Some people fear public speaking more than death. I guess that makes me the outlier.
I’m a high school Spanish teacher by day. On the weekends and during the summer, I speak at conferences and events. I work with teachers to challenge how they think about education and to encourage them to incorporate technology in their classrooms.
I love seeing teachers get excited about new practices that they can use with their students. It means the ideas from my sessions are spreading farther than I could take them myself. The reach of my conference sessions is limited, though. I wanted to spread the ideas that motivate me to as many teachers as possible. So, I sought advice from a fellow teacher and presenter. His suggestion: write a book.
I recently accomplished a life-long dream: I wrote and published a book. I have always heard that writing a book is more about who you become while writing the book than the book itself. I now believe that is true. I had started this book before—many times. This time, from start date through planning, outlining, and writing was just a few weeks. What made the difference this time—what did I have to do and believe to get this book out of my head and onto the page?
I’ve always wanted to be writer. In fact, for as long as I can remember, I’ve written.
I wrote in a diary when I was seven. I wrote papers and stories in junior high and high school. I majored in English literature in college. I got a job in marketing where I was able to do some copywriting.
And, because I wasn’t great at being in the corporate world and needed to moan about it, I took to writing in a diary again though, as an adult, it’s called journaling and the writing this time was much less peppy than when I was writing as a second grader.
If you had asked me when I was 21 and fresh out of college what my dream job was, I would have said writing articles for magazines. I didn’t pursue that, though. I think I was intimidated by what I thought of as a glamorous job reserved for up and comers in Manhattan. I was living in the grunge era of Seattle and perhaps I just didn’t feel I fit the part. So, I did other work.
I have been a book author, speaker and a trainer for twenty-seven years. I have written sixteen books—most of them on motivation and leadership. On May 4, almost three years ago, something happened that changed my life. My wife of thirty-two years died suddenly of a brain aneurysm. On Friday night I was married and on Saturday morning I was a widower. Needless to say it was the most tragic and shocking moment of my life.
Not since the invention of movable type has the publishing industry experienced a revolution as dramatic as the one brought about by modern technology and the internet.
When my first book came out at the tail end of the 20th century, it was through a traditional publisher, with a contract secured by a traditional literary agent. Promotion was done through traditional media outlets. Fast forward to current times where tradition has been turned completely on its head. If you are just starting out on the road to publication, here are a few tips to help you navigate the changing landscape.
How does an ant move a mountain?
When I read Dan Miller’s workbook, Write to the Bank, I thought he was grossly exaggerating when he said writing was 5% of the job. The first draft of my first book was almost finished. It had been no quick feat. Surely the bulk of the work would be done when it was complete.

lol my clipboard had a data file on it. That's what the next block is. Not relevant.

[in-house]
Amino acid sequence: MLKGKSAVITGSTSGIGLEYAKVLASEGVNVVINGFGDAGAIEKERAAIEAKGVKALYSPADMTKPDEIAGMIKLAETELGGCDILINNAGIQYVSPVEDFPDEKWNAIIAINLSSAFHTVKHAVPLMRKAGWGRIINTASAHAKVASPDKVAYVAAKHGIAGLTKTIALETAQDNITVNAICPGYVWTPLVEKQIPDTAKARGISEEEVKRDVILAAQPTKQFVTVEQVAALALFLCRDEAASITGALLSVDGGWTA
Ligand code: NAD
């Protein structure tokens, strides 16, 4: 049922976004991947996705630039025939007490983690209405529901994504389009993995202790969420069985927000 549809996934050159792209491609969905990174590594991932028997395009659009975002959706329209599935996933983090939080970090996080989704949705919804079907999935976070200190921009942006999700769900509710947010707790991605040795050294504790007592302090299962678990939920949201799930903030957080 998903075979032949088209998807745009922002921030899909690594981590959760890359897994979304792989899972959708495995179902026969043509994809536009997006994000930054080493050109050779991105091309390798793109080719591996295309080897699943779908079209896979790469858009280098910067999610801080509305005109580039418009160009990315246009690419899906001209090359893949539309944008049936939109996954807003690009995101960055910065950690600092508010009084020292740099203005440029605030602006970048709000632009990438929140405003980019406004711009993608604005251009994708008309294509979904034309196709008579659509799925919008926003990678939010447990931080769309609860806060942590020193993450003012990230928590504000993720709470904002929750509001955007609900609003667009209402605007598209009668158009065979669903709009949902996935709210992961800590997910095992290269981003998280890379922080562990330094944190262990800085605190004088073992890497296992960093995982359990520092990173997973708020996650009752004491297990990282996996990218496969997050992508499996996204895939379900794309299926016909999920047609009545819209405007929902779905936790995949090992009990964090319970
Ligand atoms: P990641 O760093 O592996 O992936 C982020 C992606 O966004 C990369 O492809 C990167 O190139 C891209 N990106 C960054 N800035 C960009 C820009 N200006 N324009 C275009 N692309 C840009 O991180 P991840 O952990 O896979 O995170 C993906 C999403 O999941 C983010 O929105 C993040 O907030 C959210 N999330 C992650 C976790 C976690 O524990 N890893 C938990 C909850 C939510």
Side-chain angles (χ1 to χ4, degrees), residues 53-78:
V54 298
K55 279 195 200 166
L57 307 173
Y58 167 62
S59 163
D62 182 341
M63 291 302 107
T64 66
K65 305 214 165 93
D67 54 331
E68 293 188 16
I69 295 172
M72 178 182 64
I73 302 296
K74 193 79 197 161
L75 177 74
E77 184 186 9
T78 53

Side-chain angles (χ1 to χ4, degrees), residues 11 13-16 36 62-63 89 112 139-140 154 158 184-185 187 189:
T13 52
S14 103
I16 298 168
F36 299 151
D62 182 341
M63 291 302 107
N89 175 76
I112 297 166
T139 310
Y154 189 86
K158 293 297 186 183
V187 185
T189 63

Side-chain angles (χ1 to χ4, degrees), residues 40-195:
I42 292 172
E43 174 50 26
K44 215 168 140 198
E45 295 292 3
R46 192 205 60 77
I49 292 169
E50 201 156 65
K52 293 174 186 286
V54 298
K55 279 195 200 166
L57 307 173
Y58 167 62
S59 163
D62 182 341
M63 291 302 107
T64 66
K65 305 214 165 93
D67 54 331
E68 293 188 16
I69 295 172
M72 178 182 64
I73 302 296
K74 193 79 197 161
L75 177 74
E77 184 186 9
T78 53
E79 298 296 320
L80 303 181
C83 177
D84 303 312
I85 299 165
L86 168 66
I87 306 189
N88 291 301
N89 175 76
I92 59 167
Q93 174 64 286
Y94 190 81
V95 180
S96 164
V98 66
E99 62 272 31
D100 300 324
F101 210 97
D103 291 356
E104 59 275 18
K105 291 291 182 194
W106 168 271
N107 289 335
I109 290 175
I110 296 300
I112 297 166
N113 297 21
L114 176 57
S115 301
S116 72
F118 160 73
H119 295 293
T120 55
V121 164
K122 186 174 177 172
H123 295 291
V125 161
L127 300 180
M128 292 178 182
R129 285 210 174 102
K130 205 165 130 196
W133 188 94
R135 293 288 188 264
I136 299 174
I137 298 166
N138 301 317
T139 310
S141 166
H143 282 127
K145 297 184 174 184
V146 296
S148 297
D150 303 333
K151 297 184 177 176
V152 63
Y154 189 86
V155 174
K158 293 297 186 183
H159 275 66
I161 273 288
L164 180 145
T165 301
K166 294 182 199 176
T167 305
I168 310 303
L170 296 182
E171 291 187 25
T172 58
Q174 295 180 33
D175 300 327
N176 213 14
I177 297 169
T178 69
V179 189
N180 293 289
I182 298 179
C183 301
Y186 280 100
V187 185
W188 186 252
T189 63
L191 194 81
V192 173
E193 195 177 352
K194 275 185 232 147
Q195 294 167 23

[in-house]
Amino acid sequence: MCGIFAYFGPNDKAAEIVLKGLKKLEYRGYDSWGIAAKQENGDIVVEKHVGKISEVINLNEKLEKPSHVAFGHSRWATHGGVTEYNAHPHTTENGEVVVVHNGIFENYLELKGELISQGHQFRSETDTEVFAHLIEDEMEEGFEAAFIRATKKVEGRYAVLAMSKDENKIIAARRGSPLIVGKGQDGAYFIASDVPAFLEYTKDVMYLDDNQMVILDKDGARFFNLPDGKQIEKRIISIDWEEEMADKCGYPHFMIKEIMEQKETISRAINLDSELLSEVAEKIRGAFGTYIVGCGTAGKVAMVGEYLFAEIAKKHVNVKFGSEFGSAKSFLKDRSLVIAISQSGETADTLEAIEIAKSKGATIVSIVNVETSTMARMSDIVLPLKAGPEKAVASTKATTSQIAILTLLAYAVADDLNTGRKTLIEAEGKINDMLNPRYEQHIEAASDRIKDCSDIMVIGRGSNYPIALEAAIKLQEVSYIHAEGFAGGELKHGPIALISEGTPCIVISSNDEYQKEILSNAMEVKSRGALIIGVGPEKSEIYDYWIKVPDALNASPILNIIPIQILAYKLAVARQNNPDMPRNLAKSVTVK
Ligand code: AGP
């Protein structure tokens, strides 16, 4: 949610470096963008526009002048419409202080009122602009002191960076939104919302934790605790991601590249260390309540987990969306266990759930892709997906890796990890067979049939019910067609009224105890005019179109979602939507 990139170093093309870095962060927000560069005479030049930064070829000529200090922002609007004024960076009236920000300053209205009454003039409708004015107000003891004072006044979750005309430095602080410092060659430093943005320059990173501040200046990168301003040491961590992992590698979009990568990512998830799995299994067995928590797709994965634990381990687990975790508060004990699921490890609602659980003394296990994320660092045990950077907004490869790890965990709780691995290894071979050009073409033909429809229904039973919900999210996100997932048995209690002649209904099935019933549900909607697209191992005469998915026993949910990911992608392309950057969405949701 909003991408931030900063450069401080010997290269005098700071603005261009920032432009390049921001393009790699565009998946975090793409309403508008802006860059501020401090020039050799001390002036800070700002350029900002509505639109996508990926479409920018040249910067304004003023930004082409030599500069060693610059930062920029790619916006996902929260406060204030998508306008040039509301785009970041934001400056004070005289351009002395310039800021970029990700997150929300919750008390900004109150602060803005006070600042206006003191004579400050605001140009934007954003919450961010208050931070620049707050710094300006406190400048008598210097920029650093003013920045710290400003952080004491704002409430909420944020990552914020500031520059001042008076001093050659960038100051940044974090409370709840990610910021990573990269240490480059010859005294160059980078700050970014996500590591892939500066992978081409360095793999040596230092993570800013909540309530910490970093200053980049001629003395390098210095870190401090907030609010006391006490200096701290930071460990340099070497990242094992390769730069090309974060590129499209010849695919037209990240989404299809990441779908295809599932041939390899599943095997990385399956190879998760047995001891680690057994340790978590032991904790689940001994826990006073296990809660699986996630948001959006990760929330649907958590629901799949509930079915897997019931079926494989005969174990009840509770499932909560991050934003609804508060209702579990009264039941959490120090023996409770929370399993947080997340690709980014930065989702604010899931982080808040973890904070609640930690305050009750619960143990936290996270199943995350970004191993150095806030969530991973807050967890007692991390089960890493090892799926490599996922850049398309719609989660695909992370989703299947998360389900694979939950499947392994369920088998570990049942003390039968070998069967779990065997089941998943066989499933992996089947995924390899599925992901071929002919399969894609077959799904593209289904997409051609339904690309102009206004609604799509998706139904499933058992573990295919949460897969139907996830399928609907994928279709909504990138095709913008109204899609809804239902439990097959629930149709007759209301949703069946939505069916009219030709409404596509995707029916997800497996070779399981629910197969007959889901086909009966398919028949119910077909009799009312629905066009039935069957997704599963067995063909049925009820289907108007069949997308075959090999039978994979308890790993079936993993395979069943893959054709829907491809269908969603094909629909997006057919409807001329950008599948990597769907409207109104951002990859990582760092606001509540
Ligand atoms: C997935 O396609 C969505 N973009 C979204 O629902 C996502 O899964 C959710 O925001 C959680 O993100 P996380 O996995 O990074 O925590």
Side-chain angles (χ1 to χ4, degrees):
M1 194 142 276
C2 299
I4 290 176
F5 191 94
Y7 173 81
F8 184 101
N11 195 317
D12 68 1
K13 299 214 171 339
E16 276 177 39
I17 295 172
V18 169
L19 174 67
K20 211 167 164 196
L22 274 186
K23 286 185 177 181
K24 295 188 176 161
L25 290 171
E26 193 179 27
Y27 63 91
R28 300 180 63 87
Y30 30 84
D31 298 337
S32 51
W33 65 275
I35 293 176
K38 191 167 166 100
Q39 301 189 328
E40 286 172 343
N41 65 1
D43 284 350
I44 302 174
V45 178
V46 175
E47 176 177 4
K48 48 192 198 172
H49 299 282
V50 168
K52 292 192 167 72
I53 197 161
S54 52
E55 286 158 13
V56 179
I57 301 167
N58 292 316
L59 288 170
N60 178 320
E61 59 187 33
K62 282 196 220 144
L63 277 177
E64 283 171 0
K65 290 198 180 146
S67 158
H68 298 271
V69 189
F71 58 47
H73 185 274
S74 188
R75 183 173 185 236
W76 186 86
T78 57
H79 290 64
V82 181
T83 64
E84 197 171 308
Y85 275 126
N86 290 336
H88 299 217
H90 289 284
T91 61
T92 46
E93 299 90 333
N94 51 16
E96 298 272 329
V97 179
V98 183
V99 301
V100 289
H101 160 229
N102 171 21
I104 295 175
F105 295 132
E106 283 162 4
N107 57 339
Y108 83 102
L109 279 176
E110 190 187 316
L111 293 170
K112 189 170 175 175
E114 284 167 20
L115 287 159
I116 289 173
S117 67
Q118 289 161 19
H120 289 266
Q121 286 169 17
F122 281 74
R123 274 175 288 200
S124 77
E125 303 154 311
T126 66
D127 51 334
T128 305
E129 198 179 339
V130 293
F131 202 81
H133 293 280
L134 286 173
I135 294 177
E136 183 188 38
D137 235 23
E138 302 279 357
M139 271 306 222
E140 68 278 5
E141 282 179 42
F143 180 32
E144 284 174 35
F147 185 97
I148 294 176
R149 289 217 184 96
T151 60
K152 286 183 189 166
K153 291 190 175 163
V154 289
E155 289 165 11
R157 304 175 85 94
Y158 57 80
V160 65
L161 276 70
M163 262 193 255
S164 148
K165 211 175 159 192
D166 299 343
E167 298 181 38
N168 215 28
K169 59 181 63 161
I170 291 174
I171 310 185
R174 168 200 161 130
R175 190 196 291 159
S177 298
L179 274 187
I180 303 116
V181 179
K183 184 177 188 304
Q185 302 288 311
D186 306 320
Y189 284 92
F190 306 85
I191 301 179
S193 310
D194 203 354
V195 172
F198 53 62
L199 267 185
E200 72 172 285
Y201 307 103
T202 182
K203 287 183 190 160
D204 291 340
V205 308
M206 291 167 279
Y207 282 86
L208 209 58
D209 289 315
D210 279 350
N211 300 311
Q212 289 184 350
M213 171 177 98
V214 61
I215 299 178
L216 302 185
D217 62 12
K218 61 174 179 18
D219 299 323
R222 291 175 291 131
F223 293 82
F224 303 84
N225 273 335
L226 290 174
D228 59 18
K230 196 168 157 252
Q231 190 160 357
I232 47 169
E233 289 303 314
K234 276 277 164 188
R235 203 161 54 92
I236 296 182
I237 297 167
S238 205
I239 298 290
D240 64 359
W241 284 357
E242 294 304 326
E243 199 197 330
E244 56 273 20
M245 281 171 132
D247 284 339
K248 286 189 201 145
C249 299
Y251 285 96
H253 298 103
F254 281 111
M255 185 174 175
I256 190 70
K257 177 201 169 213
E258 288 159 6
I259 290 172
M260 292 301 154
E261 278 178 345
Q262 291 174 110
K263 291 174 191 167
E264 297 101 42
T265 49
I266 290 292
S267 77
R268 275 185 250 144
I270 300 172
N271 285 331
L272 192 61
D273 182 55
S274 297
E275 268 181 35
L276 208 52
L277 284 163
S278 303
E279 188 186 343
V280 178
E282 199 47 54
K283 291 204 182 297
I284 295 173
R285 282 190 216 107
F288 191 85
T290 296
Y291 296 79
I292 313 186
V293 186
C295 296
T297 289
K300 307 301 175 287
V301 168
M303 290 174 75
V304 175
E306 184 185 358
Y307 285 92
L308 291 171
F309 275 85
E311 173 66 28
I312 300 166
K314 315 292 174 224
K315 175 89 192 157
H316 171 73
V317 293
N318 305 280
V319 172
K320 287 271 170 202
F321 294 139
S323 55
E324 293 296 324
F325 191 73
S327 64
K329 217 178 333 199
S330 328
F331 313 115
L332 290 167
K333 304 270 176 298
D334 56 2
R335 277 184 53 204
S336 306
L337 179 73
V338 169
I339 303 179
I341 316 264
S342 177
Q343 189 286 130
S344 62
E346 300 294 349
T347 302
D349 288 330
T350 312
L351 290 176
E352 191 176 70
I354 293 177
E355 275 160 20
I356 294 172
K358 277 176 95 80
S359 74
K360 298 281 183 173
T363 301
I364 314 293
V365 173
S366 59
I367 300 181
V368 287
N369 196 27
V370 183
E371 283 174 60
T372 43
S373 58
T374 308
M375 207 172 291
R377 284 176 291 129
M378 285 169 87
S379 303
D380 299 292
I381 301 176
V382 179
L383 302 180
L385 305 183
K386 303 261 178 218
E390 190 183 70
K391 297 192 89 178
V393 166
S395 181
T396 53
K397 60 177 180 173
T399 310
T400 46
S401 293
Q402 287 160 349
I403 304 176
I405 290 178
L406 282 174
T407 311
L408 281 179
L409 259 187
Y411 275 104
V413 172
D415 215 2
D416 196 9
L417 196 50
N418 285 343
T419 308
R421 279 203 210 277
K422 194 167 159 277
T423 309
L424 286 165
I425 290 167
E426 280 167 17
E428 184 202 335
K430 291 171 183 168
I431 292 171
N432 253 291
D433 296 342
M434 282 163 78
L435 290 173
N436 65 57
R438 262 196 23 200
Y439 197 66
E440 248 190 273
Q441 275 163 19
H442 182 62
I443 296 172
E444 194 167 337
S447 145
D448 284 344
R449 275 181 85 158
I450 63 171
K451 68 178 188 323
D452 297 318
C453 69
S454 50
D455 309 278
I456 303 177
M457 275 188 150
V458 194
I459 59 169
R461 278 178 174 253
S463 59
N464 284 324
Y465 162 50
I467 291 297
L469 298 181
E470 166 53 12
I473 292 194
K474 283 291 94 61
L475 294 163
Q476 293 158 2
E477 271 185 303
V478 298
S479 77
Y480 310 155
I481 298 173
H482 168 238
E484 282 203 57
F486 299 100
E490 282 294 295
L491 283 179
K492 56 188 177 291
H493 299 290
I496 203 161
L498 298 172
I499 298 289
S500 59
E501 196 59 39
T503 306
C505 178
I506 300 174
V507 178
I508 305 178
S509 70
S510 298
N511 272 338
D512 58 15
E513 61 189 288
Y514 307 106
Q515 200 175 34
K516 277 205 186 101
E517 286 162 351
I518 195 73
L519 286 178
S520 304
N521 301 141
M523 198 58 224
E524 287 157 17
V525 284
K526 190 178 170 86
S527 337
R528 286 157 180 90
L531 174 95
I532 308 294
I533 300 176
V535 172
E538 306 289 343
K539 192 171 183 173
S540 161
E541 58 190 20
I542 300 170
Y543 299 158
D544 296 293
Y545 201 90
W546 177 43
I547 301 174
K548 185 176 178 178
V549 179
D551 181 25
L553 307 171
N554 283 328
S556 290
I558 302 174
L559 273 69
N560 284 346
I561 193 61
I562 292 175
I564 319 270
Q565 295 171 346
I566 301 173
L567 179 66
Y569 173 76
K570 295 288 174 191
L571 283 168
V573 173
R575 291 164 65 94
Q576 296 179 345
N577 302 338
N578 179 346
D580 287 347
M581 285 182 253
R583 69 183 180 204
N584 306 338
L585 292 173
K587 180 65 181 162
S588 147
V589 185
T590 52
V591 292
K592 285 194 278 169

While Dan was emphasizing the importance of promotion, I discovered writing and publishing a book involve many steps. For me, that included a lot of learning.
Learning by Doing
If you’re anything like me, writing about ideas comes easily, but coming up with topics or angles can be difficult. It always seems to start out well, but after several days, weeks, or even months after launching out into the world of writing regularly, coming up with new topics can become mentally draining.
I struggled with constantly coming up with blogging topics for several years. Far too often, the early mornings of my scheduled post day would find me pecking away at my keyboard, writing whatever was on my mind, primarily because I had no idea what to write about, what angle to take, or what problem to solve. I procrastinated on writing, and the blog suffered as a result. It was this way for me in 2011, 2012, and in 2013 I stopped writing the blog altogether—at least for that year.
At the beginning of 2014, I set an audacious goal to write two posts per week.
Sometimes you write because you’ve been changed, and sometimes you’re changed in the process of writing. In this guest post, Jenny Hester shares how crafting a book opened her life in unexpected ways.
I never thought I would write a book. I’m still having trouble saying, “I am an author.” I started blogging more than a year ago as a way to share my new found love of discovering what it takes to be one’s best self. Not long after that, I decided to write my book… what a journey of self-discovery!
I used to have walls built up and you only got to see what I wanted you to see. You only saw what was on the outside, as I typically shared no emotional depth. I look back over this time in my life and I relate it to a tightly wound rose bud. My friend, I was very tightly wound.
Thanks to Tim Bishop, for sharing his thoughts on writing from the road in this guest post. Tim and his wife, Debbie, will be touring through mid-September, writing as they go. Read on to learn about how and why they write.
When writing creeps into your bloodstream, it becomes an innate expression of your life experiences, whether or not it covers your bills. You write because you love it…and because you must. When those inflicted with this “bug” embark on one of life’s adventures, they have no choice but to write about it.